Saturday, October 8, 2022

More On The Liability Driven Investment (LDI) Disaster

 In a recent post I went over the collapse of the UK gilt market and what caused it. Though the proximate cause was the announcement of massive unfunded tax cuts for the rich by the new, UNELECTED government of Thatcherite Liz Truss, the astonishing rapidity of the drop was due to yet another instance of acronym derivative folly, margin calls and forced collateral liquidation. In other words, a textbook crash that came within hours - literally - of causing pension fund disaster.

Ten Year UK Government Bonds (Gilts)

The innocuously named Liability Driven Investment (LDI) strategy is nothing more than a scheme to profit from fat fees and hidden spreads.  A Guardian article mentions LDI, in passing, as a cause for the bond massacre, but does not go into depth because a) the popular newspaper is probably not editorially equipped to do so and, b) it has more politically driven priorities, ie to bash Tory policies.

(The Financial Times, however, is certainly equipped to handle financial market analysis and has just published an article on LDI, albeit by a guest writer in its Alphaville section  - which once honorably mentioned this blog, back in the day 😏).

The Bank of England had to step in to forestall the immediate collapse of £1.5 trillion worth of pension funds using LDI, promising to buy £65 billion in gilts. It has averted the disaster for now, but the problem has not gone away. Even a cursory look at the chart above reveals that bond investors are now carrying massive mark-to-market losses created in mere days.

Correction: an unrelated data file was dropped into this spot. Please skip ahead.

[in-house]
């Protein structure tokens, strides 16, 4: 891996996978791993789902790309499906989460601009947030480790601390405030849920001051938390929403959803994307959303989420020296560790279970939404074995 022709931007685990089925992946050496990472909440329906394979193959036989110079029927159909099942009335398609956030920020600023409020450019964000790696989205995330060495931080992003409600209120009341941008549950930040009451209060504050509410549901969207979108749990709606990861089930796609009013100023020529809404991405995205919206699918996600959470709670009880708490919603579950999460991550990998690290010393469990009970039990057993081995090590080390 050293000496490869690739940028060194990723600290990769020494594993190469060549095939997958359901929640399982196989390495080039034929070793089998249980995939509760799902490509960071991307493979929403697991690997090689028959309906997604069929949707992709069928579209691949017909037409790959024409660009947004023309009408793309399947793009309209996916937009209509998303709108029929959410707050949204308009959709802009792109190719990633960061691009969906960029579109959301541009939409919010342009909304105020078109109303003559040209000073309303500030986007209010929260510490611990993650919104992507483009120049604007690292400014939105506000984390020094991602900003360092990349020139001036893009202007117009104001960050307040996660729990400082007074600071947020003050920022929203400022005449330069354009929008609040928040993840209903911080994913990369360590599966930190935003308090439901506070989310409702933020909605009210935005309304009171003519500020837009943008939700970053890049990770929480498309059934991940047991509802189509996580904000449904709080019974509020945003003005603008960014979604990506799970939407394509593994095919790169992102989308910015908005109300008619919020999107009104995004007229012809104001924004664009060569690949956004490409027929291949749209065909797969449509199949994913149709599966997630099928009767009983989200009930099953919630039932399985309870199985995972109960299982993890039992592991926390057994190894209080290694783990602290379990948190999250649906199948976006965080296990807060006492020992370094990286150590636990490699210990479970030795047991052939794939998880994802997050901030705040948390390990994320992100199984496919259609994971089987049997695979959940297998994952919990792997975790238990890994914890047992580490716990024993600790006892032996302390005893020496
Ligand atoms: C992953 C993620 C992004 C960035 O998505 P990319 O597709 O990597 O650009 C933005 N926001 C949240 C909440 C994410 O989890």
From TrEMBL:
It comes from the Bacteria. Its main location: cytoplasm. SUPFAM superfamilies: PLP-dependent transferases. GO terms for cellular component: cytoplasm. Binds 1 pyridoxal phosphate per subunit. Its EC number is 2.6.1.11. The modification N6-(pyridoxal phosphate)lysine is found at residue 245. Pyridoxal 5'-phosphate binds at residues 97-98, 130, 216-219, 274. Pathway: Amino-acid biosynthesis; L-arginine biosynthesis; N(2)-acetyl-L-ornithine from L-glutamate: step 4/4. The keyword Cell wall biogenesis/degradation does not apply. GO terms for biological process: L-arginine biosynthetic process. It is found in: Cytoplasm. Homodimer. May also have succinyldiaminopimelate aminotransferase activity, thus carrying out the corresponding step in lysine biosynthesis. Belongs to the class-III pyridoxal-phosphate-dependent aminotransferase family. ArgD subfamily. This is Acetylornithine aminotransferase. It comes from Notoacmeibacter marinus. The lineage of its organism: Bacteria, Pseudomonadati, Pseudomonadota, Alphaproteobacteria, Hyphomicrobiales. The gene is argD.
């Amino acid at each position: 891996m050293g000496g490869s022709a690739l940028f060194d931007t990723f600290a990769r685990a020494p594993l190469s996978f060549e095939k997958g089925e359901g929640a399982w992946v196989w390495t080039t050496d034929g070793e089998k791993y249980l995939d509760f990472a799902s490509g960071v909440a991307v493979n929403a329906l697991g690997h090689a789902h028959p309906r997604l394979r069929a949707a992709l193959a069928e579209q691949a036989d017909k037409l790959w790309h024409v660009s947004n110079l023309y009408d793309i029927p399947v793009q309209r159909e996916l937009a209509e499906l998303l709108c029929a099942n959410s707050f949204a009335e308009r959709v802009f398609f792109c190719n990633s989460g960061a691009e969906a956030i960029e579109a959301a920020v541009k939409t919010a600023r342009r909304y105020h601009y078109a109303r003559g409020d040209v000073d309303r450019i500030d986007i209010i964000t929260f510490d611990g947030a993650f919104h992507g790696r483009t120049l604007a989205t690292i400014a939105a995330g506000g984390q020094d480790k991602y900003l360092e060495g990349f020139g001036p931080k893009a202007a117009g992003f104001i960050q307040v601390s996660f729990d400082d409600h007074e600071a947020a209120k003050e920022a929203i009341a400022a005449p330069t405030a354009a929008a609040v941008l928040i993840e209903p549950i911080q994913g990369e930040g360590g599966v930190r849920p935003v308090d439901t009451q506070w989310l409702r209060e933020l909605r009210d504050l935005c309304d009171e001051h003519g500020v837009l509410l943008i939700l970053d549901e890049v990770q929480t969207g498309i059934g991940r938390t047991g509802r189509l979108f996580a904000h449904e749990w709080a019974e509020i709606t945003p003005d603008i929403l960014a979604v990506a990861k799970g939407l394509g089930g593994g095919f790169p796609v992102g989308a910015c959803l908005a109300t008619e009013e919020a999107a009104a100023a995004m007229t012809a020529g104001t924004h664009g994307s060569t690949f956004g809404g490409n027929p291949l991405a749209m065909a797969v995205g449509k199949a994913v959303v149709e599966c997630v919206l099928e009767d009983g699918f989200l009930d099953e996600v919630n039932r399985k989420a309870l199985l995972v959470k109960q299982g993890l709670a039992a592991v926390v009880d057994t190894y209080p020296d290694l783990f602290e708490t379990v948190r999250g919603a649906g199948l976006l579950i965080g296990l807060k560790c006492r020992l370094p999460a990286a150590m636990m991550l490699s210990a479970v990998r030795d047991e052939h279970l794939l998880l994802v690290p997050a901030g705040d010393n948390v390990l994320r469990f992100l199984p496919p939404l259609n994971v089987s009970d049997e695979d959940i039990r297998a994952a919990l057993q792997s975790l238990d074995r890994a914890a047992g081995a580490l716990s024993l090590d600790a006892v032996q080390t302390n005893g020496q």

The LDI “strategy” is based on long term derivatives (interest rate swaps) collateralized with long term gilts, and are definitely still very deep in the red.  All that BOE did was to step in temporarily as buyer in a market awash in supply, when other buyers (eg market makers) stepped away from the falling knife.  But even a central bank does not have unlimited buying power, unless it is willing to monetize huge amounts of debt by excessively bloating its balance sheet (aka print inflationary currency). And huge it would have to be: the £1.5 trillion of LDI nonsense amounts to 70% of UK GDP.

The problem has not gone away, it is merely averted - for now. Why just for now? Because the UK has just joined the 100% Club of nations whose public debt matches or exceeds the size of their economy (100% of GDP).  This dubious membership makes debt servicing and refinancing difficult, particularly when interest rates rise as they are doing now.

Looking past the LDI mess, the UK has a serious debt problem and the market knows it. Once again, it is  the Bond Vigilantes who have spoken clearly: Mrs. Truss you are playing with fire.


  1. on a lighter note: =)